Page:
Wood fired kilns have various different designs and range in size and complexity. However, all of them rely on the draw created by the chimney.
A wood fired kiln will normally have a firebox located at the base of the kiln. As the name suggests, the firebox is where the fire burns in the kiln.
The potter begins to heat the kiln by lighting a fire in the firebox. Gradually over time the fire is fed and stoked and gets larger and hotter.
As the fire builds up, the heat in the kiln increases. The flames from the fire will enter the kiln from the firebox and be drawn towards the chimney.
For salt glazing, a wood firing kiln is often has a cross draft design. This means that the firebox is on one side of the kiln. And the chimney is on the other.
As a result, salt vapor, along with the flames, heat, smoke, and ash are drawn through the pottery chamber. This will leave the pottery with distinctive patterns on the glaze. These patterns are a record of the direction of the flame and draft in the kiln.
Wood fired kilns vary in size, and will range from firing 50 to 350 pieces of pottery at a time. Some wood fired kilns are so large that you need to climb into the kiln to load them.
Gas Fired Kilns
Different kinds of gas fired kilns can be used for salt glazing pottery.
Natural Gas Kilns
Larger gas kilns tend to be natural gas kilns. These can have various different designs. One such design is the ‘car kiln’. With a car kiln, the base of the kiln is on wheels or casters. To load and unload the kiln, the base is wheeled out of the kiln.
Once loaded, the base is pushed back into place, the door is closed and the gas is switched on to heat the kiln. A large gas kiln can take 2 days to gradually get to the right temperature to begin salting the ware.
Propane Gas Kilns
Wood fired and natural gas kilns are both large and take days to fire and cool down. Propane gas kilns are an alternative way to salt glaze pottery in a relatively short period of time.
There is an industry of individual potters (including myself!) who have built their own DIY propane kilns.
There are a number of ways of making a propane kiln. However, a popular design is to build a frame for the kiln out of steel mesh. The frame is then lined with ceramic fiber.
A hole is cut in the ceramic fiber at the base and used as a burner port. A propane torch is directed in the burner port to heat the chamber. The kiln flu is on the top of the ceramic fiber chamber.
These kilns are small and simply designed. As such they are updraft kilns. The salt is introduced to the chamber by a hole in the ceramic fiber on the side of the kiln.
The salt vapors then disperse around the kiln and the waste gases exhaust out of the flue on the top. Or out of gaps in the lid on the kiln.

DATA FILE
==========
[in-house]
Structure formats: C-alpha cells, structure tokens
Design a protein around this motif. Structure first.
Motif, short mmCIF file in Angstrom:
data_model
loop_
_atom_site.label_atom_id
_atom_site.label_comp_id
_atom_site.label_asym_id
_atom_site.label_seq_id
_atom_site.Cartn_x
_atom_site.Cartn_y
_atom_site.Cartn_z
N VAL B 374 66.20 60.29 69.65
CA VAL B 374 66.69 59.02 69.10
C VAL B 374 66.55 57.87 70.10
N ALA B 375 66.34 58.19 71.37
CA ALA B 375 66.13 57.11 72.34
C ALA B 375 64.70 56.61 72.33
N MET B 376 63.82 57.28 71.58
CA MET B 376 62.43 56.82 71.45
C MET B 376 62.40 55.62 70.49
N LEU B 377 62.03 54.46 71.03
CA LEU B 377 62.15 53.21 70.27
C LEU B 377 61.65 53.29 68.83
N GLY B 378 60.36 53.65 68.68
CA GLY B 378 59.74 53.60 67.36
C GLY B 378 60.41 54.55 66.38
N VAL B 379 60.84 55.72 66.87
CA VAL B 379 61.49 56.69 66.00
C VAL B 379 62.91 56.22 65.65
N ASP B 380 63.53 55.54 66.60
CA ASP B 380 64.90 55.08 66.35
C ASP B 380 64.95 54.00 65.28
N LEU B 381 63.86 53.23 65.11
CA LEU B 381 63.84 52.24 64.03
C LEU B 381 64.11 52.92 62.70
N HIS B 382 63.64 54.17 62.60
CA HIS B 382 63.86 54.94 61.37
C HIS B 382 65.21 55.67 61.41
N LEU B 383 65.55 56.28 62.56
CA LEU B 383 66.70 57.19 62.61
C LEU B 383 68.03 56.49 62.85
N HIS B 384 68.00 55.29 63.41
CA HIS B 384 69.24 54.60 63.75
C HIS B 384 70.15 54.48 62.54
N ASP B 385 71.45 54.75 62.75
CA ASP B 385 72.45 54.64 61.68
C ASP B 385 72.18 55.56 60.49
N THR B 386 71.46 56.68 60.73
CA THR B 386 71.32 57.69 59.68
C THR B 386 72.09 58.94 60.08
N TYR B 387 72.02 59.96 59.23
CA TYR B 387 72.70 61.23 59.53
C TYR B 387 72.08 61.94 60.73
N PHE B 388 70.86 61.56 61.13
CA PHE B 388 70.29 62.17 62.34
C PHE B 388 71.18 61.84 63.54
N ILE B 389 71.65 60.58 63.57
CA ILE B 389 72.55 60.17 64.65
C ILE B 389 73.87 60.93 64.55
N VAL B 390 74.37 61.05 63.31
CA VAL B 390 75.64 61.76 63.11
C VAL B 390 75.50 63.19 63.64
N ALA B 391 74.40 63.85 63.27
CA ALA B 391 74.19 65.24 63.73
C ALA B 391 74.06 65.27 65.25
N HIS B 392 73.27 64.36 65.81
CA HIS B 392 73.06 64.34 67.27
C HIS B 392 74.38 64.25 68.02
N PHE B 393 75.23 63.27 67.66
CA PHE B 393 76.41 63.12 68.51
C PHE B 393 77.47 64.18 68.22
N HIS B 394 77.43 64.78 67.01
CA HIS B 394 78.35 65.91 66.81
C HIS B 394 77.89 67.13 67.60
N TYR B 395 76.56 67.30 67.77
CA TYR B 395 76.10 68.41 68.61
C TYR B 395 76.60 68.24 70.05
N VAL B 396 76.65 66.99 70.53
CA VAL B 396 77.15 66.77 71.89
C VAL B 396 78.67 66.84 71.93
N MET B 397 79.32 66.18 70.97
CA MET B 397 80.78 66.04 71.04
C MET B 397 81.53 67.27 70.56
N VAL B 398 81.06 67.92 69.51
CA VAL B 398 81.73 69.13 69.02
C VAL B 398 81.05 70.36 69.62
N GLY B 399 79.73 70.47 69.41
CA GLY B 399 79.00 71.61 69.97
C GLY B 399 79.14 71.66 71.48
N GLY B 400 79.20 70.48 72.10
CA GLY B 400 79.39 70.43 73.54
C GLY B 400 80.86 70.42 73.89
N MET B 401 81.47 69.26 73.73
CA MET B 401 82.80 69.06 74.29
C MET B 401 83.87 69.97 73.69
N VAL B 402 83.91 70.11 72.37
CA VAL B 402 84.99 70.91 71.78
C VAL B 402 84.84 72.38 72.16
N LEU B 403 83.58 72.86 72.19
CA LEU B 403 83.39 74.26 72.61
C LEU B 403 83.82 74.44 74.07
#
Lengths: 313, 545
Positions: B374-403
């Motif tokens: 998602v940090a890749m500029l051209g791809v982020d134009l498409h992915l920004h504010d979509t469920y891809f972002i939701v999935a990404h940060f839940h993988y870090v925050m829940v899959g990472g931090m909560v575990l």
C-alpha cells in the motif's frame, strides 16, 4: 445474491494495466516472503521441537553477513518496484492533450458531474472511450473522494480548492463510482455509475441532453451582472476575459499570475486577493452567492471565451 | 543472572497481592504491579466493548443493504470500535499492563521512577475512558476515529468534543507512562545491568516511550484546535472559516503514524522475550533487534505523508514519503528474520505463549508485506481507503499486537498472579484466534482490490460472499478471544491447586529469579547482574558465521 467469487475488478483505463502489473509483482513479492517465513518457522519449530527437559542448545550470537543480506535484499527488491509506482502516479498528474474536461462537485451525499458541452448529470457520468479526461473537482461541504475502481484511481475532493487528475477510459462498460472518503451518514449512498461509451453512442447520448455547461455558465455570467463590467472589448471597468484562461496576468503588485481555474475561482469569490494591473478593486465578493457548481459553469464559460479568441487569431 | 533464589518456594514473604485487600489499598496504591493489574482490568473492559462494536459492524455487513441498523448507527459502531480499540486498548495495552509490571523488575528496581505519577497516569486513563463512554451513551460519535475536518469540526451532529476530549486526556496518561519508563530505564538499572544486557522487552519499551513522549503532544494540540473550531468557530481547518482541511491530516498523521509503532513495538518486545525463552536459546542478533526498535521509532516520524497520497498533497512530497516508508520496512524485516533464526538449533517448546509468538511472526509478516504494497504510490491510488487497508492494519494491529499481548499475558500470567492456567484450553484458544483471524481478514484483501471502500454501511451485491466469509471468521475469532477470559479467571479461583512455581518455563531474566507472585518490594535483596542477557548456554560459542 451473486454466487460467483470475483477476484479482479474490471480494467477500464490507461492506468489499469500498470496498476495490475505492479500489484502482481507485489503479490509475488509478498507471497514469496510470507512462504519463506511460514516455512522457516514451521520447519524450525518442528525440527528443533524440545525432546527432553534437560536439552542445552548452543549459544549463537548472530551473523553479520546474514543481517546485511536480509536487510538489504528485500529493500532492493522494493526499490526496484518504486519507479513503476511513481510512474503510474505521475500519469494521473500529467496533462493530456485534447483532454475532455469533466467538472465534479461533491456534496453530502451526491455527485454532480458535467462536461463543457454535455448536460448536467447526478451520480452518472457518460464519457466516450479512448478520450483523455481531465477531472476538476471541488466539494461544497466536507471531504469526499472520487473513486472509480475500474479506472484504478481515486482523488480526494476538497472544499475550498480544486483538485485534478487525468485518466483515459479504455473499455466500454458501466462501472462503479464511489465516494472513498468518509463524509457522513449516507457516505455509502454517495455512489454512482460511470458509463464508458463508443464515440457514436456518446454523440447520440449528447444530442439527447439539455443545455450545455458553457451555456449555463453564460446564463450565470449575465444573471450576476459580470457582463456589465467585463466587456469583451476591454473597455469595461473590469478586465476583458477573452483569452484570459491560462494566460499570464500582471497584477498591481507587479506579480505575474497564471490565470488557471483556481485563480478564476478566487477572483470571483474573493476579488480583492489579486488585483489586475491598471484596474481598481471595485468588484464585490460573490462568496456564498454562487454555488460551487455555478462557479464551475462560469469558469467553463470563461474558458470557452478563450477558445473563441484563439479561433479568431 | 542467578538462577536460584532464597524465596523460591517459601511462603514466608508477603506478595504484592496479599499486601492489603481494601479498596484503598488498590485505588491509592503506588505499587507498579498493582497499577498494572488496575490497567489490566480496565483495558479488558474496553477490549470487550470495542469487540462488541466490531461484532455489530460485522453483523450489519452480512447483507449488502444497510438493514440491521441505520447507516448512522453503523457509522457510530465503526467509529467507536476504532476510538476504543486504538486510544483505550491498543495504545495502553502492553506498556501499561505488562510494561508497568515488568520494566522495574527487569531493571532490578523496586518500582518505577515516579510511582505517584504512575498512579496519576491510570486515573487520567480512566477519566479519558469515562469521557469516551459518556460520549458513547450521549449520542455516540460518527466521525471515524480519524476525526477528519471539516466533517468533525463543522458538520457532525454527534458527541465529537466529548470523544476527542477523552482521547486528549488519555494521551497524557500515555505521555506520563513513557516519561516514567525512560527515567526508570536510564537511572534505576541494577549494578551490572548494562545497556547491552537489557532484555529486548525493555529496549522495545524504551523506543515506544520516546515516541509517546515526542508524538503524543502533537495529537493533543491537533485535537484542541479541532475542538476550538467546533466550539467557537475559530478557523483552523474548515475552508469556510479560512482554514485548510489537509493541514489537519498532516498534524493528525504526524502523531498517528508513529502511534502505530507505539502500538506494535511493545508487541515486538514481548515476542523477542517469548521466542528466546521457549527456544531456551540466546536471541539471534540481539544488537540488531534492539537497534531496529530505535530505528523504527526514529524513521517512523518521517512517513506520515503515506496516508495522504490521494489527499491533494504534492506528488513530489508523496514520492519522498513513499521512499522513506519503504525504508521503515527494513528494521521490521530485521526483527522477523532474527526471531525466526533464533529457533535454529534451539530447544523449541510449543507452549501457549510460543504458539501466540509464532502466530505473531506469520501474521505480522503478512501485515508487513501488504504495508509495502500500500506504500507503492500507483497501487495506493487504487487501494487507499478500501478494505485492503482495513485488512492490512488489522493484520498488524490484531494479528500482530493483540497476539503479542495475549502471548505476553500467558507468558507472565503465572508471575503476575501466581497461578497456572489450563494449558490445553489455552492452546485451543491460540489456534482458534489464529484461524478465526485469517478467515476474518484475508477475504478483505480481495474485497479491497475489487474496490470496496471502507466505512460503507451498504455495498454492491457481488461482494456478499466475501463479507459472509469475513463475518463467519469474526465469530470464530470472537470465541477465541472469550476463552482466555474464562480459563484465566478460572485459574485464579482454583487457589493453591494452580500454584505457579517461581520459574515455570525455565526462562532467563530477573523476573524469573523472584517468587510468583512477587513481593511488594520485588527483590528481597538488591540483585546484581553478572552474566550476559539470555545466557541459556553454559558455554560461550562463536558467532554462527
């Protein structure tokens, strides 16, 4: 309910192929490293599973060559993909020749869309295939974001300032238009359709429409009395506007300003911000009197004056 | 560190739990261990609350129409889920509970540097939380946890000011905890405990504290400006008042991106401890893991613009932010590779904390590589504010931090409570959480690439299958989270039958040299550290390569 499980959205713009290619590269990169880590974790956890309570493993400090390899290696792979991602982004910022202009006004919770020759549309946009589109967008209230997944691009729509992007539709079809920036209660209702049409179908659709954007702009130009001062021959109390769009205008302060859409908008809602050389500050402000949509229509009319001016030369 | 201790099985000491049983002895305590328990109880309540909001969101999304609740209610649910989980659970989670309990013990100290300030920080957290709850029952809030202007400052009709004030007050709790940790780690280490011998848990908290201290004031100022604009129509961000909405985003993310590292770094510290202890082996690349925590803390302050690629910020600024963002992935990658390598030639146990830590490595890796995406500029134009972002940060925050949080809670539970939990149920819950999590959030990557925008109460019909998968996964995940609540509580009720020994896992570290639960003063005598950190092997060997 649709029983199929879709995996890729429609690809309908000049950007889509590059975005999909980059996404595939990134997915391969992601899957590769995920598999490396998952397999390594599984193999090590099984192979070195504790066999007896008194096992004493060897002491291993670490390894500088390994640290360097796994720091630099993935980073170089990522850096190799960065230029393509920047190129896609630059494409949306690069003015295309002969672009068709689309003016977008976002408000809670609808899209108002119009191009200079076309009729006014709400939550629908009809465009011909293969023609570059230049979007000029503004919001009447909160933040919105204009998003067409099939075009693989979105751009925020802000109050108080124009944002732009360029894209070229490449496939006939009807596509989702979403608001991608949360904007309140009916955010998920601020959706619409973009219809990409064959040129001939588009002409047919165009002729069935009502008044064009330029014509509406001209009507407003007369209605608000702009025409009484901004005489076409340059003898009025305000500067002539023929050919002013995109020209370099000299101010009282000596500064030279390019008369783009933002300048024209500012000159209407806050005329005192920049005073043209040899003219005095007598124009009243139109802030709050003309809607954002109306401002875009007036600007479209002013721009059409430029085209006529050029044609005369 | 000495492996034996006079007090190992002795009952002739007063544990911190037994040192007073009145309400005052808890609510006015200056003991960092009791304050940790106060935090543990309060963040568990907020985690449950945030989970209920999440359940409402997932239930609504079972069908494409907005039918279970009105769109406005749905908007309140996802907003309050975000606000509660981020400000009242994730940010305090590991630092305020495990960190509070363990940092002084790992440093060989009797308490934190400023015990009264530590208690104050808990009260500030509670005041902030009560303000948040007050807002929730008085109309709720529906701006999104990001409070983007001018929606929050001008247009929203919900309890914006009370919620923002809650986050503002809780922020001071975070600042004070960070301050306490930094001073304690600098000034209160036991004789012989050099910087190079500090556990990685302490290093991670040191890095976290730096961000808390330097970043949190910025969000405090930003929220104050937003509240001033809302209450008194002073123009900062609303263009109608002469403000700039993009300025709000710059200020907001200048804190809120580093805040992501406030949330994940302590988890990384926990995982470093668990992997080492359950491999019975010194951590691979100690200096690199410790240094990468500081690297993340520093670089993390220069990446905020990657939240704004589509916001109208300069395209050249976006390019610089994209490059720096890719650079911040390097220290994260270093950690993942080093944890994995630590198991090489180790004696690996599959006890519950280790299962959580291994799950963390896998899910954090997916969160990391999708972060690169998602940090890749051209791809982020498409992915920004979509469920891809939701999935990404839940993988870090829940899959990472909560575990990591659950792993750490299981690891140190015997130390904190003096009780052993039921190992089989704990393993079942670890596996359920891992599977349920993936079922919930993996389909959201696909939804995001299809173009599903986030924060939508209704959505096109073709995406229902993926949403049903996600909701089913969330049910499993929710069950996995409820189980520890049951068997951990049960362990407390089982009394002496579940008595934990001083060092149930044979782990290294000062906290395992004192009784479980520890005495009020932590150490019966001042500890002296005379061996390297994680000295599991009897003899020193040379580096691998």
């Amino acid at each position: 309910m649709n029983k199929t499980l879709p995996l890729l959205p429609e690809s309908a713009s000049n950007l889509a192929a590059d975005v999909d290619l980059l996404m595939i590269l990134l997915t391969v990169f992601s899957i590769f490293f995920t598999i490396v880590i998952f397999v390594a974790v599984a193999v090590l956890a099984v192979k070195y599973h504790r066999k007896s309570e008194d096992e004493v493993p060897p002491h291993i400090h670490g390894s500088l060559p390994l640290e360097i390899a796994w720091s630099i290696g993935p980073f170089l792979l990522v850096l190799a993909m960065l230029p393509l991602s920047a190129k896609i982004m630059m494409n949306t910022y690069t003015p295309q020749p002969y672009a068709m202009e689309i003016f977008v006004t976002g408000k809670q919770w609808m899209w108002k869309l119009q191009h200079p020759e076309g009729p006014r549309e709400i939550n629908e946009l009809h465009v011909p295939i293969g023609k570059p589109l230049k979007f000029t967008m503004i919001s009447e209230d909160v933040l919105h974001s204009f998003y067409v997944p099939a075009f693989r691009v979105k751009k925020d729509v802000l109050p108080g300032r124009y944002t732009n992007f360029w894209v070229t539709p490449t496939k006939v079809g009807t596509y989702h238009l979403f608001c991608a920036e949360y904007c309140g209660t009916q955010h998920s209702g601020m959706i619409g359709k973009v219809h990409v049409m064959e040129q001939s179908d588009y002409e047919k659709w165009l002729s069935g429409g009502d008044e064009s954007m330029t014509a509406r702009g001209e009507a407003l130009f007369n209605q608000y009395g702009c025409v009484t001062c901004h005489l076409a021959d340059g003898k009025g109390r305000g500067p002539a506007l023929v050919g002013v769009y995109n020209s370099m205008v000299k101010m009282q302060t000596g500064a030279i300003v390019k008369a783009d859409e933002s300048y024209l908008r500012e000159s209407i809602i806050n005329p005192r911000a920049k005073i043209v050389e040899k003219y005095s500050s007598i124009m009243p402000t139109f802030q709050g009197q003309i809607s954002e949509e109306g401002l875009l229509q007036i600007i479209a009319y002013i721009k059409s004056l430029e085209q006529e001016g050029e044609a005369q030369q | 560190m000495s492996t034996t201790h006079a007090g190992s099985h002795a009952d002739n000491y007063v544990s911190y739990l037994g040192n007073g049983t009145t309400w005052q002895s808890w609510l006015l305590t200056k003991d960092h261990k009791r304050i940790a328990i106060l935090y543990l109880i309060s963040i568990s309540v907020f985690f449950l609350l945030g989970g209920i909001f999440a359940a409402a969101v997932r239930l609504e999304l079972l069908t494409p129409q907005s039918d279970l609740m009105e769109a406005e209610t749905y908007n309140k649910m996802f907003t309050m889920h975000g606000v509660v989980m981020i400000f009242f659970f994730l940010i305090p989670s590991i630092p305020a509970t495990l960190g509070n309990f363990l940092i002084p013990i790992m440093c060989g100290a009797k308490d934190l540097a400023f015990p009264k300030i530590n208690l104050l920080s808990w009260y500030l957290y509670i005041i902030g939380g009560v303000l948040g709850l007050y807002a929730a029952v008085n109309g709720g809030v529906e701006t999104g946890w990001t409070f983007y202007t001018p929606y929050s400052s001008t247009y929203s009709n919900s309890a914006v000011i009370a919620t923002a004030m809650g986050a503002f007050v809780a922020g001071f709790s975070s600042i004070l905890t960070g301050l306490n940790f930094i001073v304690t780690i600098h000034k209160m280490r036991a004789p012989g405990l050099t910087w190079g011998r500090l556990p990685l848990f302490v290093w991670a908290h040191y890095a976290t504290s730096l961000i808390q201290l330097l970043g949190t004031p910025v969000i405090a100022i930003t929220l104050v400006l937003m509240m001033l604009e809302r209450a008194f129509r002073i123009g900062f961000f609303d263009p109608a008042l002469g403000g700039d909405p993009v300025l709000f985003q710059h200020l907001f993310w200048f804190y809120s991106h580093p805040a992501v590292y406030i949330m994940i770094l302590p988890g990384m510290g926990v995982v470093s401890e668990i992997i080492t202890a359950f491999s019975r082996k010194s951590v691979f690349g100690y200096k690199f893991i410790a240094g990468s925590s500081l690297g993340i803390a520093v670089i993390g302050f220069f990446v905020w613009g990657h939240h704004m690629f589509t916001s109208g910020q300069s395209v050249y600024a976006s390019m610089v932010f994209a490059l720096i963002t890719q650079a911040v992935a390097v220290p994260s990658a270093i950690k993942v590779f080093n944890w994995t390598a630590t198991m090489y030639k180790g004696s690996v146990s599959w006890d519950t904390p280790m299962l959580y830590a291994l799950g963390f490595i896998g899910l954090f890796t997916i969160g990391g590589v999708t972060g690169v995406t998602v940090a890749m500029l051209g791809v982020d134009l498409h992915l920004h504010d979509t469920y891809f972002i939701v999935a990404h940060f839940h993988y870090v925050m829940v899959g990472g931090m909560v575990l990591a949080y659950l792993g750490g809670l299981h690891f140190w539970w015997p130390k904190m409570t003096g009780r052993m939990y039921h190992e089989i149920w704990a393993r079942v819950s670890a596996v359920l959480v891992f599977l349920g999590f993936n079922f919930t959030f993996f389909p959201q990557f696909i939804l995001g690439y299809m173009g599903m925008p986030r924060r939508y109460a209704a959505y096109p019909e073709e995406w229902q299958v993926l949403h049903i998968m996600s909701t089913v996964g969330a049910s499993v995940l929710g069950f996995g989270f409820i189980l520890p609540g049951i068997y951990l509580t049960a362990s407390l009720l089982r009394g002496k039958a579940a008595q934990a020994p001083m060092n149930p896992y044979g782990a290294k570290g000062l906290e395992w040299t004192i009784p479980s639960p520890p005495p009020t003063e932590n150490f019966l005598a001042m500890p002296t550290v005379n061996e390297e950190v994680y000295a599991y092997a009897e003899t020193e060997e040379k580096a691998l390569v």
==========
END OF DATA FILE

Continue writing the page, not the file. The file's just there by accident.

Because these kilns are small, they will typically hold around 10-20 pieces of pottery at a time.
During salt glazing, the sodium oxide vapors in the chamber coat all the surfaces in the kiln. This is true regardless of what kind of kiln is being used.
As a result, all salt glazing processes will have at least a couple of things in common. These things are….
- Before a pot is put on the kiln shelf, 3 or 4 balls of wadding are pressed onto the foot of the pot.
Wadding is a refractory material that doesn’t melt in the kiln. It stops the glaze on the pot and shelf from welding to one another. Therefore, stopping the pots from getting stuck to the kiln.
There are different recipes for wadding. Many of them include the key ingredient of alumina hydrate, which has a very high melting point.
- Wadding can also be used between lids and pots. If you salt glaze pottery with the lid in place, the lid will become welded in place.
However, if you remove the lid and put it in a different part of the kiln, two things can happen. The lid might warp a little and not fit correctly once fired.
Also, the conditions in the kiln vary a lot when salt glazing pottery. So, the lid might have quite a different looking glaze to the pot if it’s not in situ during the glazing.
- The shelves of the kiln will need to be cleaned after the glazing. This is because the sodium oxide will also have attached to the kiln shelves.
Potters sometimes recommend using silicon carbide kiln shelves because they have low absorbency. And also coating the shelves with a kiln wash made up of alumina and kaolin.
This helps the cleaning process, as debris can be scraped off the shelves quite easily after firing.
What About Electric Kilns and Salt Glazing Pottery?
Because the sodium oxide coats everything in the kiln, it’s not practical to salt glaze in an electric kiln. Doing this would coat the electrical elements that heat the kiln. The sodium coating would stop the elements from radiating heat and would corrode them too.